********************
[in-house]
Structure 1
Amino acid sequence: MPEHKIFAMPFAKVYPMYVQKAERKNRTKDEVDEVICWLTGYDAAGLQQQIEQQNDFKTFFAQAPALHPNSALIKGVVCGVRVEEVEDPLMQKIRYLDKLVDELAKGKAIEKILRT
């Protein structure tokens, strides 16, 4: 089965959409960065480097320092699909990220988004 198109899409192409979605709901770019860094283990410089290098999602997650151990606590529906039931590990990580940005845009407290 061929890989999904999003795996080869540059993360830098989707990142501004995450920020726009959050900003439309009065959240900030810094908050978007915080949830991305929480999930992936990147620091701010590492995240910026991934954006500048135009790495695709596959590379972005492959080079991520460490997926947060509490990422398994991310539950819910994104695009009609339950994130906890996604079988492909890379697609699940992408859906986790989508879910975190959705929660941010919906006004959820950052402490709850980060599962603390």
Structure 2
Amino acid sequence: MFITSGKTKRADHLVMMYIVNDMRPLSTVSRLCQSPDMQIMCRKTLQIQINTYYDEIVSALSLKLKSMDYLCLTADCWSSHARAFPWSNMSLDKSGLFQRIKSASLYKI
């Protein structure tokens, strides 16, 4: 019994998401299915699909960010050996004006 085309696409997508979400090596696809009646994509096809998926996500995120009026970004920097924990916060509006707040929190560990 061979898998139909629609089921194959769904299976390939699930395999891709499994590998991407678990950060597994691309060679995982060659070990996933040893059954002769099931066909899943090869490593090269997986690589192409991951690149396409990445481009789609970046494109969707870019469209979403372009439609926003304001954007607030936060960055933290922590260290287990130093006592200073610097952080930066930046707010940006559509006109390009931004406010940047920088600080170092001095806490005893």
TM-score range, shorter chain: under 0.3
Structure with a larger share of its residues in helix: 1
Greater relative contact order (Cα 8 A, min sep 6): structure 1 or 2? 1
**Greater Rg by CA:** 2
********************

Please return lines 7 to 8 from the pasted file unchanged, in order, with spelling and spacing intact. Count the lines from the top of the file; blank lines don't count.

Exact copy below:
């Protein structure tokens, strides 16, 4: 019994998401299915699909960010050996004006 085309696409997508979400090596696809009646994509096809998926996500995120009026970004920097924990916060509006707040929190560990 061979898998139909629609089921194959769904299976390939699930395999891709499994590998991407678990950060597994691309060679995982060659070990996933040893059954002769099931066909899943090869490593090269997986690589192409991951690149396409990445481009789609970046494109969707870019469209979403372009439609926003304001954007607030936060960055933290922590260290287990130093006592200073610097952080930066930046707010940006559509006109390009931004406010940047920088600080170092001095806490005893």
TM-score range, shorter chain: under 0.3